There are plenty of resources for discovery in this area — probably too many! But every time I read something from the blog, ZenHabits, I feel like it’s written specifically for me. I immediately have a desire to print it out, fold it up and carry it with me all day.
This week, its author posted something I think is worth sharing. Call it minimalism, Voluntary Simplicity, call it active gratitude — but something about the way this is written feels like a bright, glowing sun to me. It feels less preachy, and more meaningful, than other iterations I’ve read before. And its suggestions feel possible. Easy. See what you think.
How to Live Well, by Leo Babauta
…The truth is, you don’t need a lot to live well — you just need the right mindset.
Here’s what I’ve learned about living well on little:
- You need very little to be happy. Some simple plant food, modest shelter, a couple changes of clothes, a good book, a notebook, some meaningful work, and some loved ones.
- Want little, and you are not poor. You can have a lot of money and possessions, but if you always want more, you are poorer than the guy who has little and wants nothing.
- Focus on the present. Stop worrying about the future and holding onto the past. How much of your day is spent thinking about things other than where you are and what you’re doing, physically, at this moment? How often are we living as opposed to stuck thinking about other things? Live now and you live fully.
- Be happy with what you have and where you are. Too often we want to be somewhere else, doing something else, with other people than whoever we’re with right now, getting things other than what we already have. But where we are is great! Who we’re with (including just ourselves) is already perfect. What we have is enough. What we’re doing already is amazing.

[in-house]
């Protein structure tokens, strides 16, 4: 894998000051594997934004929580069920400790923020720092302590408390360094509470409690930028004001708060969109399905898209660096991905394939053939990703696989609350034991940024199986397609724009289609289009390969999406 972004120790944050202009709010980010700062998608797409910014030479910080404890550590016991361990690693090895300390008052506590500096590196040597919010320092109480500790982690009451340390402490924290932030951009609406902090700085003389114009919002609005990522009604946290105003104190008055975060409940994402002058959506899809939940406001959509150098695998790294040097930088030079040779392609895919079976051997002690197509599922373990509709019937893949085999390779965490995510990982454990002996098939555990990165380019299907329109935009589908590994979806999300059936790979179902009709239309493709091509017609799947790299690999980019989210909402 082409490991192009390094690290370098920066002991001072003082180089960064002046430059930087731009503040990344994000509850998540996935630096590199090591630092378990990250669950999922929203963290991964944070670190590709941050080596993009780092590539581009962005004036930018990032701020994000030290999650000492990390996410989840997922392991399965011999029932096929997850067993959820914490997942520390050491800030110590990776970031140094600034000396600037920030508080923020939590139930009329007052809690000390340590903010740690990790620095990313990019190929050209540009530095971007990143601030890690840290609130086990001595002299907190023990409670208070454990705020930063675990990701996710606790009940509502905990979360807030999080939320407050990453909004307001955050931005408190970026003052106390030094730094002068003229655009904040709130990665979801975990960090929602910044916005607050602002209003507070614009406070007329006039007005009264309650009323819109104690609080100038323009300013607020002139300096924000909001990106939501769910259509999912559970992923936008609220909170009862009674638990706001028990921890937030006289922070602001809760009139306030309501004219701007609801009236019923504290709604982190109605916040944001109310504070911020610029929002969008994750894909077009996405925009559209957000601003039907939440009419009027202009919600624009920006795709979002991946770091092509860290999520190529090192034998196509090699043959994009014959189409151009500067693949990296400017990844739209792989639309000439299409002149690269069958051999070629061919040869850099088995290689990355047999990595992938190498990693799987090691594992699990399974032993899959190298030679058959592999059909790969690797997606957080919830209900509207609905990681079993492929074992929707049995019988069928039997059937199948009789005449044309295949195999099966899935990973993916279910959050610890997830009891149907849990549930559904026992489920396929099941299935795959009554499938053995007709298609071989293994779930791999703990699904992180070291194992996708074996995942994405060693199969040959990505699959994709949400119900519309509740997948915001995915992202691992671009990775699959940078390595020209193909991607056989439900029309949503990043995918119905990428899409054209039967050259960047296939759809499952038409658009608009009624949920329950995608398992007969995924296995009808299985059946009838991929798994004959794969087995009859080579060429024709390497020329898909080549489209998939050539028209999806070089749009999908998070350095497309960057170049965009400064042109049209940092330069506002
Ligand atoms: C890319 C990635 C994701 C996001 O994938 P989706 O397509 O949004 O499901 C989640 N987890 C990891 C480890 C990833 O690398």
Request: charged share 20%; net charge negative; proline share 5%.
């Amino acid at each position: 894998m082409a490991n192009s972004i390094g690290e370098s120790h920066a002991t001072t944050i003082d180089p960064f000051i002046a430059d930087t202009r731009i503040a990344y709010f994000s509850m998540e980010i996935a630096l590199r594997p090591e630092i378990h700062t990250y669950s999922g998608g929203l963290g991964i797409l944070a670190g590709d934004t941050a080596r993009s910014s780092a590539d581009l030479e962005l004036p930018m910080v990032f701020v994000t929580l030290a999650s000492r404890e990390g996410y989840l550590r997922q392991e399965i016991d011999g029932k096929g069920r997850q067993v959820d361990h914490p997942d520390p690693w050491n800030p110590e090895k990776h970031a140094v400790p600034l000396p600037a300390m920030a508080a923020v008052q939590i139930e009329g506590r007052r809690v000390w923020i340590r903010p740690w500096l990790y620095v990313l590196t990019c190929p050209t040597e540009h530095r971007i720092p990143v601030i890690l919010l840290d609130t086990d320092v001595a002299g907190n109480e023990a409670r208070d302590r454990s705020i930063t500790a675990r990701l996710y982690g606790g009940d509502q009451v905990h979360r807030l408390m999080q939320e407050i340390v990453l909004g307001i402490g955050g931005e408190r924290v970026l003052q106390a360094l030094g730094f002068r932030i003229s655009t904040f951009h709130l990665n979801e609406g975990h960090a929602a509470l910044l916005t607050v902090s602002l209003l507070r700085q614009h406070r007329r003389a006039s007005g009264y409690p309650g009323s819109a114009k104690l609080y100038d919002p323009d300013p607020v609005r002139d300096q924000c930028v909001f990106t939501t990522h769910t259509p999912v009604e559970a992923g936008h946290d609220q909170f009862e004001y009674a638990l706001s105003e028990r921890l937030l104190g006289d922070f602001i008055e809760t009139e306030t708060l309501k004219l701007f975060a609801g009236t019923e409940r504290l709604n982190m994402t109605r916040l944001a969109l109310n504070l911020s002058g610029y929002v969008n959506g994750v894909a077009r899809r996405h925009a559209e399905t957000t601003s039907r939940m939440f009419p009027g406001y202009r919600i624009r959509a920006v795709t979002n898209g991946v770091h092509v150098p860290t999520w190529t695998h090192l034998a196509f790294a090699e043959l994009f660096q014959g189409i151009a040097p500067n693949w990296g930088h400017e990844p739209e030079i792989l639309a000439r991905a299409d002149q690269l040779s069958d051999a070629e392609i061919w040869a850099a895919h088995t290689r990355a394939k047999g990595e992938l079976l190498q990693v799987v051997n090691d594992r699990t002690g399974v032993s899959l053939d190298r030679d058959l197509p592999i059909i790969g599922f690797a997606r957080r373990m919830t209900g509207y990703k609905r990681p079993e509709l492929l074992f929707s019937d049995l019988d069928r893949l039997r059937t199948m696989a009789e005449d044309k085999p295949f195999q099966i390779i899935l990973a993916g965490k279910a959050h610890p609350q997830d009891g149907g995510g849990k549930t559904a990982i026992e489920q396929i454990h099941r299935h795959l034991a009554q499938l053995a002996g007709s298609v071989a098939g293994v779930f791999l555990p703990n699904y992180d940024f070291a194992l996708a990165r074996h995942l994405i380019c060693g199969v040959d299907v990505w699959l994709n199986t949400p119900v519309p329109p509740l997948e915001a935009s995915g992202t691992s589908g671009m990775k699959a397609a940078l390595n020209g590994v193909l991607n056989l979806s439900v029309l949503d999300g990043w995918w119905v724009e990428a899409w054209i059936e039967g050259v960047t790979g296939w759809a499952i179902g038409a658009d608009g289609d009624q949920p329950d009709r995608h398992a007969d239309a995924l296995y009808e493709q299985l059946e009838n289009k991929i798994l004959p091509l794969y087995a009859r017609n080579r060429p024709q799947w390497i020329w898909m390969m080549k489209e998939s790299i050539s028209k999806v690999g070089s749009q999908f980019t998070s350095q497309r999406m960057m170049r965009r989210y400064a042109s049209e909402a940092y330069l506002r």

- Be grateful for the small pleasures in life. Berries, a square of dark chocolate, tea — simple pleasures that are so much better than rich desserts, sugary drinks, fried foods if you learn to enjoy them fully. A good book borrowed from the library, a walk with a loved one in the park, the fine exertion of a short hard workout, the crazy things your child says, the smile of a stranger, walking barefoot on grass, a moment of quiet as the morning wakens and the world still rests. These little pleasures are living well, without needing much.
- Be driven by joy and not fear. People are driven by the fear of missing out, or the fear of change, or the fear of losing something. These are not good reasons to do things. Instead, do things because they give you or others joy. Let your work be driven not because you need to support a lifestyle and are afraid of changing it, but by the joy of doing something creative, meaningful, valuable.
- Practice compassion. Compassion for others creates loving, rewarding relationships. Compassion for yourself means forgiving yourself for past mistakes, treating yourself well (including eating well and exercising), loving yourself as you are.
- Forget about productivity and numbers. They matter not at all. If you are driven to do things to reach certain numbers (goals), you have probably lost sight of what’s important. If you are striving to be productive, you are filling your days with things just to be productive, which is a waste of a day. This day is a gift, and shouldn’t be crammed with every possible thing — spend time enjoying it and what you’re doing.
What about you? Do you have any wisdom for living a contented, fruitful, happy life?